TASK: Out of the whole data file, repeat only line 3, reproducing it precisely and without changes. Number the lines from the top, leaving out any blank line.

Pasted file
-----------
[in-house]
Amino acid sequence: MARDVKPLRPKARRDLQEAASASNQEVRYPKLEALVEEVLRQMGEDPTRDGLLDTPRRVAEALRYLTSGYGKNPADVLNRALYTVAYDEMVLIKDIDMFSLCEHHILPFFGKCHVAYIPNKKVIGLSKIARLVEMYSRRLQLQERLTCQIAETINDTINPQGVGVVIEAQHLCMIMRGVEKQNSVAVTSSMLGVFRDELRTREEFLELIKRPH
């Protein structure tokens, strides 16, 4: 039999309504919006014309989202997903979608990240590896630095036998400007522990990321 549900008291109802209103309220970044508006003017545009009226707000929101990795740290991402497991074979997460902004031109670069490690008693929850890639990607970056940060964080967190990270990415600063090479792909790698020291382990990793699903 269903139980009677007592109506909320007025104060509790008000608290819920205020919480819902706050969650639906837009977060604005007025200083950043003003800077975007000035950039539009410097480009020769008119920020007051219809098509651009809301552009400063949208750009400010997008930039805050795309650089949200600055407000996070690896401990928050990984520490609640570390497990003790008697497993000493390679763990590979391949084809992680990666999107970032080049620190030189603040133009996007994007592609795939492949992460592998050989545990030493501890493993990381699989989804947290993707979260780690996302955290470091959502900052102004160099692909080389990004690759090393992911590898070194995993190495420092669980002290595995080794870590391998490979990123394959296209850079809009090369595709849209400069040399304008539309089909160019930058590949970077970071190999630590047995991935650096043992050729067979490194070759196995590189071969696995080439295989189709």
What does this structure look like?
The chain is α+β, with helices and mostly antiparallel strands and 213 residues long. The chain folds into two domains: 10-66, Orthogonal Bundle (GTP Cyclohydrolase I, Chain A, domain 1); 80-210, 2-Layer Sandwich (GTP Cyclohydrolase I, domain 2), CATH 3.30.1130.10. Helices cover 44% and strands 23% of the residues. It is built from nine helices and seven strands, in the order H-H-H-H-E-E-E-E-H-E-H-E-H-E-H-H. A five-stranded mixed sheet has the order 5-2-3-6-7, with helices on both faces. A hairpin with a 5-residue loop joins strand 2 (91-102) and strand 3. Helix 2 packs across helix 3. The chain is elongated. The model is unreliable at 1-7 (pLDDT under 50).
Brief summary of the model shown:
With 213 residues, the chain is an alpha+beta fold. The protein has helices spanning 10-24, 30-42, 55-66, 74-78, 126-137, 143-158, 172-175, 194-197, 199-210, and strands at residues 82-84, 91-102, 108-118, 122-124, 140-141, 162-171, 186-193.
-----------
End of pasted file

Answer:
């Protein structure tokens, strides 16, 4: 039999309504919006014309989202997903979608990240590896630095036998400007522990990321 549900008291109802209103309220970044508006003017545009009226707000929101990795740290991402497991074979997460902004031109670069490690008693929850890639990607970056940060964080967190990270990415600063090479792909790698020291382990990793699903 269903139980009677007592109506909320007025104060509790008000608290819920205020919480819902706050969650639906837009977060604005007025200083950043003003800077975007000035950039539009410097480009020769008119920020007051219809098509651009809301552009400063949208750009400010997008930039805050795309650089949200600055407000996070690896401990928050990984520490609640570390497990003790008697497993000493390679763990590979391949084809992680990666999107970032080049620190030189603040133009996007994007592609795939492949992460592998050989545990030493501890493993990381699989989804947290993707979260780690996302955290470091959502900052102004160099692909080389990004690759090393992911590898070194995993190495420092669980002290595995080794870590391998490979990123394959296209850079809009090369595709849209400069040399304008539309089909160019930058590949970077970071190999630590047995991935650096043992050729067979490194070759196995590189071969696995080439295989189709």